4. Do you have a specific home that you have designed that became your favorite project?
I always think the next project will be my favorite. For me the creative process, coming up with new ideas and the spark of creativity, is really what excites me most. Once it’s complete I’m more excited about the next opportunity to design again. But definitely there have been projects that stood out and were particularly fun.
When I worked on my friend¬†Andrea¬†Levoff’s house, we had so much fun. She wasn’t afraid to make a statement – she’s hilarious (she’s a comedian) so we laughed all the time, and she was so trusting even when we had crazy ideas. I think she approved about 98% of our recommendations immediately with no questions asked, just an ‘Yes, I love it, lets do it!”. When you have that level of trust and willingness to go for it, the end result is always fantastic. In this case it was bold, colorful, whimsical, & fearless – it represented her personality so well.¬† Now we’re working on a second home for her which is proving to be just as fun as the 1st. Here’s a tour of her Lincoln Park Home.

We source a ton of vintage and antique pieces for our projects because they add a lot of personality and style.

5. Are there any brands that you consistently use when you are designing homes?
Some people have their ‘go to’ brands, but for me I’m always looking for something really different. Once I’ve used something, I rarely want to use it again. Last year our firm bought from over 300 different sources – that’s why nothing in our portfolio looks like a catalog, but instead looks like it was curated over time.¬† In particular we source a ton of vintage and antique pieces for our projects because they add a lot of personality and style, so while it isn’t a particular ‘brand’, we do have a handful of favorite vintage shops that we regularly source from.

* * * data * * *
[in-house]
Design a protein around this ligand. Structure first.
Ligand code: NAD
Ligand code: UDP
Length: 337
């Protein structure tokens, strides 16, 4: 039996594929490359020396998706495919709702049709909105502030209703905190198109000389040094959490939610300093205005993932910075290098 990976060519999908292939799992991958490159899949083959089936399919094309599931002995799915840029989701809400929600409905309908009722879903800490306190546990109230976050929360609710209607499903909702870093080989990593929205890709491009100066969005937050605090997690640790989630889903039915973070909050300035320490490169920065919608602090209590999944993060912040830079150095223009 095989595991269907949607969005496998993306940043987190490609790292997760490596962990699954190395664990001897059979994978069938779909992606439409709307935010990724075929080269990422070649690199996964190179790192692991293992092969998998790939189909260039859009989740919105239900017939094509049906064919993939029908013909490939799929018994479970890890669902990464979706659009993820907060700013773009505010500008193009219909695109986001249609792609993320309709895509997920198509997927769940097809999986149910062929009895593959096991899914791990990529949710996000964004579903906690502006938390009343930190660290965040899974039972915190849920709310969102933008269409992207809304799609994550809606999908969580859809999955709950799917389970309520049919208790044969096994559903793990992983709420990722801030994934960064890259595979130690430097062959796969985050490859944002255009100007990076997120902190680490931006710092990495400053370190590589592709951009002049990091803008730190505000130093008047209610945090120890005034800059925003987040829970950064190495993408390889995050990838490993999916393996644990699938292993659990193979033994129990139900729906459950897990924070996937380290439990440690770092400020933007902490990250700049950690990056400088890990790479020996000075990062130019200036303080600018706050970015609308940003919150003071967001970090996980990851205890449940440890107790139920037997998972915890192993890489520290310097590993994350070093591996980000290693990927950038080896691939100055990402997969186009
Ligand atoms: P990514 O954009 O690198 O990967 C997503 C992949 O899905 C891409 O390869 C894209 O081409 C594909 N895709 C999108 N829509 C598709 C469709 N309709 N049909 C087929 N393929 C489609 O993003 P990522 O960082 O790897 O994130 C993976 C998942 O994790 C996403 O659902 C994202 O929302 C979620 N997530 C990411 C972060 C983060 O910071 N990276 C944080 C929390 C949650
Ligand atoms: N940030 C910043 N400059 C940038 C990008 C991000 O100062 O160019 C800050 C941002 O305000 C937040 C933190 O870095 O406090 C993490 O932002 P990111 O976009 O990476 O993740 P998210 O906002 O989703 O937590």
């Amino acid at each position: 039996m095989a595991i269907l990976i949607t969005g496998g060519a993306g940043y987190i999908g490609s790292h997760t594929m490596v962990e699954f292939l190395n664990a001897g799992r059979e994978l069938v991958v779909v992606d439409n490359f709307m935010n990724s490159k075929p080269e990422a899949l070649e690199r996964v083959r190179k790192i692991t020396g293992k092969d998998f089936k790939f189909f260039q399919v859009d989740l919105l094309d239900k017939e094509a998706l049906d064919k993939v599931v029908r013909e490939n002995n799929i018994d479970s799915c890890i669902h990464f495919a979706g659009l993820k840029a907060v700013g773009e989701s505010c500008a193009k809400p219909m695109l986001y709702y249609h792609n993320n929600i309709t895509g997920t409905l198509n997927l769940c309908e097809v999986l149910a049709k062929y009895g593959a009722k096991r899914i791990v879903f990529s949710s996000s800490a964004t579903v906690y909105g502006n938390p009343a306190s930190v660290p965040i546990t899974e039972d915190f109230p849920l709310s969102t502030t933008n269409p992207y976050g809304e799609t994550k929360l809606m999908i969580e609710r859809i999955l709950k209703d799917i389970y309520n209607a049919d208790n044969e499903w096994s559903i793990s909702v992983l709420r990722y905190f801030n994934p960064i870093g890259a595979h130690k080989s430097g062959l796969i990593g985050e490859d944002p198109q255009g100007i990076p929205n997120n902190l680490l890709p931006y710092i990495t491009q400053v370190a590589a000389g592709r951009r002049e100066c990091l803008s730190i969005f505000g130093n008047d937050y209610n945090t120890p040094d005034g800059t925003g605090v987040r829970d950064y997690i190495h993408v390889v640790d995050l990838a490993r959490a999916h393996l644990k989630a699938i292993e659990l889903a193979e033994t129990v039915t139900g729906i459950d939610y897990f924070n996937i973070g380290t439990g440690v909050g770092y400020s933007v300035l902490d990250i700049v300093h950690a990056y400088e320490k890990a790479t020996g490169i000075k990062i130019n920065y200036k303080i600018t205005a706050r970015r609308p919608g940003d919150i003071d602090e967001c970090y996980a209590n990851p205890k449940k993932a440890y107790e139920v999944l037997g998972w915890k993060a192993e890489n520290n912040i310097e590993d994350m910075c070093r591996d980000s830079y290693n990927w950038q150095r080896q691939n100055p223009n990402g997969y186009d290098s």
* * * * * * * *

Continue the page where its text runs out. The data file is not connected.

6. Do you have any tips for Chicagoans transitioning their home into spring / for a fresh look?
I do a light refresh on my home each spring. As an example, in my living room I swap out an oriental rug for sisal, I change deep red lampshades for white linen, and I swap a few deeper-toned pillows in velvet for lighter ones in cotton. It gives it a fresh feel to accompany fresh cut tulips, peonies, and spring flowers. Then in the fall I flip it back!

I believe that homes should be timeless and treated differently than fashion… So when I started to see trends, I usually try to steer my designs away from it.

7. Are there any decor trends that you are seeing and loving for 2017?
I’m anti-trend …sometimes I say “today’s trendy is tomorrow’s tacky.” I believe that homes should be timeless and treated differently than fashion. Sure I’ll do a few quick little fun trendy accessories or pillows here and there but I know they have to go after a year or two. So when I start to see trends, I usually try to steer my designs away from it.